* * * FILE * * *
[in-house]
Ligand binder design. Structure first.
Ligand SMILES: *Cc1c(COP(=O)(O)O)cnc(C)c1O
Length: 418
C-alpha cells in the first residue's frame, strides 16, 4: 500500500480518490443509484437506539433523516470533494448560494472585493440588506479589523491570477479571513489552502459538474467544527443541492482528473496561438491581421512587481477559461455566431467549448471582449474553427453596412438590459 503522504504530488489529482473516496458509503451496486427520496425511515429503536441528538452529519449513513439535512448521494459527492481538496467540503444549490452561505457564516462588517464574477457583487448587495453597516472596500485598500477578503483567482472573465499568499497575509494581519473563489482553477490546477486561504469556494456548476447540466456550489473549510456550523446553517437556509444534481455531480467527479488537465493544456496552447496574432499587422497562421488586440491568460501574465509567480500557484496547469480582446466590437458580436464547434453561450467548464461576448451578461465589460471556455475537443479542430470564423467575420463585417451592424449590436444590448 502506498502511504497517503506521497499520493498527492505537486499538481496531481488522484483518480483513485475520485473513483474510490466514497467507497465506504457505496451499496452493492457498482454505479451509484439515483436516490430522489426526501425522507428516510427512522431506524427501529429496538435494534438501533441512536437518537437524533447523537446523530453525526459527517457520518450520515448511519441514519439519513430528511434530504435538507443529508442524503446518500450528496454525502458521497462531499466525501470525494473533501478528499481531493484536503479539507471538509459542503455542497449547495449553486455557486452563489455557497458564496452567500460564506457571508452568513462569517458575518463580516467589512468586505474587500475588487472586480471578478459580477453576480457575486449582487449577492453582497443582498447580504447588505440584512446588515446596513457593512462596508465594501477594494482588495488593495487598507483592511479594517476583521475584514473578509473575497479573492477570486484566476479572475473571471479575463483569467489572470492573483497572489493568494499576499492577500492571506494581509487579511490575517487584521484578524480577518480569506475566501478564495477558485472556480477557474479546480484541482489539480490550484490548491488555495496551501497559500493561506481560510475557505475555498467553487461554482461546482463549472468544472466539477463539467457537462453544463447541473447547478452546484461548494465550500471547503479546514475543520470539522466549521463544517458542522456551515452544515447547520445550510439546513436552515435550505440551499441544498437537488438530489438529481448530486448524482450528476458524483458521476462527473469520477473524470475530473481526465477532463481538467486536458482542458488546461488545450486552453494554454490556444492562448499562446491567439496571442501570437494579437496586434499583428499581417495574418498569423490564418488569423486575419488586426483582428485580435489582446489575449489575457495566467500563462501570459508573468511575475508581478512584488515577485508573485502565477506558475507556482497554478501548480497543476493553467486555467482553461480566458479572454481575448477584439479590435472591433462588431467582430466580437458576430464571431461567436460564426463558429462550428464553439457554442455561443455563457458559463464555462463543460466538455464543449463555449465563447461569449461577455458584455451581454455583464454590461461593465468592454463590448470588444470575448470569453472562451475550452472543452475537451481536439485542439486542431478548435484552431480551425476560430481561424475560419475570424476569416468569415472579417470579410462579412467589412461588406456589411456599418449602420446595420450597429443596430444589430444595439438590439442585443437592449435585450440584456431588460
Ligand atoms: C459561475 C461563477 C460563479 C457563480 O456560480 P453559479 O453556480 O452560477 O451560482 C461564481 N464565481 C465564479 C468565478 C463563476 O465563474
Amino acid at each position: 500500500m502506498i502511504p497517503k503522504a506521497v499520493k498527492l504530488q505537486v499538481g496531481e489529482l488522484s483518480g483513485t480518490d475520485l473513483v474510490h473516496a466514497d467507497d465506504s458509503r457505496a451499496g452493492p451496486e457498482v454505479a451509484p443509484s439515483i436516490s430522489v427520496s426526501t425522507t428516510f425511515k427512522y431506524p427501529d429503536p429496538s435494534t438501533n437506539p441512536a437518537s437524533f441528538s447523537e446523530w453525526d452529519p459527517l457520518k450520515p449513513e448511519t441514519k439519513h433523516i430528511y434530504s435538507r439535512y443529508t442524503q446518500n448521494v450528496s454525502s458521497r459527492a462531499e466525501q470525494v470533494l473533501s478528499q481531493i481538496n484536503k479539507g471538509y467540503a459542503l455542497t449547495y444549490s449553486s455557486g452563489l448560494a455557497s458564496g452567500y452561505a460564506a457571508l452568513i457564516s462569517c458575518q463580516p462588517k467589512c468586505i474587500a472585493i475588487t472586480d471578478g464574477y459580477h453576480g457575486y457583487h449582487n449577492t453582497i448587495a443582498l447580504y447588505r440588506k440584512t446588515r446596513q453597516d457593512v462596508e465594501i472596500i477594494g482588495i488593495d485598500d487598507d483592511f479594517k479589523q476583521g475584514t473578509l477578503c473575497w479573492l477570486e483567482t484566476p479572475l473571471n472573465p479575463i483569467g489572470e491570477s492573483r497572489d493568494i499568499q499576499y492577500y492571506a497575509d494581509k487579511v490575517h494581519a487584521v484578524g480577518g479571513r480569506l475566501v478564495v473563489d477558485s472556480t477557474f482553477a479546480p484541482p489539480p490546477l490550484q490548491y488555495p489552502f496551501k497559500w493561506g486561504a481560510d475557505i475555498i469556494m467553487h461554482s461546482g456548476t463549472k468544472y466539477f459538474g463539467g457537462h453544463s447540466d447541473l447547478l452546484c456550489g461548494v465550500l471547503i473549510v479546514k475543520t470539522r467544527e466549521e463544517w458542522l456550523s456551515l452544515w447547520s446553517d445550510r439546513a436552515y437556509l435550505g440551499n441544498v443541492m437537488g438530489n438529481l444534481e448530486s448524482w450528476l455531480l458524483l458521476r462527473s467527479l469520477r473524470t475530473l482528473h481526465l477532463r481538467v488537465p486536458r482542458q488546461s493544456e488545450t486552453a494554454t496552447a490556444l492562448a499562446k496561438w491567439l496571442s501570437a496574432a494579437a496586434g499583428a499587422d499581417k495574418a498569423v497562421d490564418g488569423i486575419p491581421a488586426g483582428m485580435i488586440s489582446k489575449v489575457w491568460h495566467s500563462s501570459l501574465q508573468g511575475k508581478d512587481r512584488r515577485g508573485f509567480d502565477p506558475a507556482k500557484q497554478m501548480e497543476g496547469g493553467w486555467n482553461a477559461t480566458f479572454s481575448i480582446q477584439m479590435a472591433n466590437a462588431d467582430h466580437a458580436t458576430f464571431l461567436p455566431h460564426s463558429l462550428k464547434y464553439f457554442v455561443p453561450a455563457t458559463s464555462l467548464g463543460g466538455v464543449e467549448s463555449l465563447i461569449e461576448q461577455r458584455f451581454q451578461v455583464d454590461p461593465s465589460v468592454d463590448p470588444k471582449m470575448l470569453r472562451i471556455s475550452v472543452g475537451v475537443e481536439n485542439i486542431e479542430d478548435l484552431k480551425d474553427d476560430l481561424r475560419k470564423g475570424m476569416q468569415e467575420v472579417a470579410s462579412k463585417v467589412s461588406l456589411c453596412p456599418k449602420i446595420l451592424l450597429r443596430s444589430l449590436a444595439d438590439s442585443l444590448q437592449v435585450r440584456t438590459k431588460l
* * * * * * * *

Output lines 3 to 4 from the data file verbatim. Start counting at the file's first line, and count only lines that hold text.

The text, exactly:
Ligand SMILES: *Cc1c(COP(=O)(O)O)cnc(C)c1O
Length: 418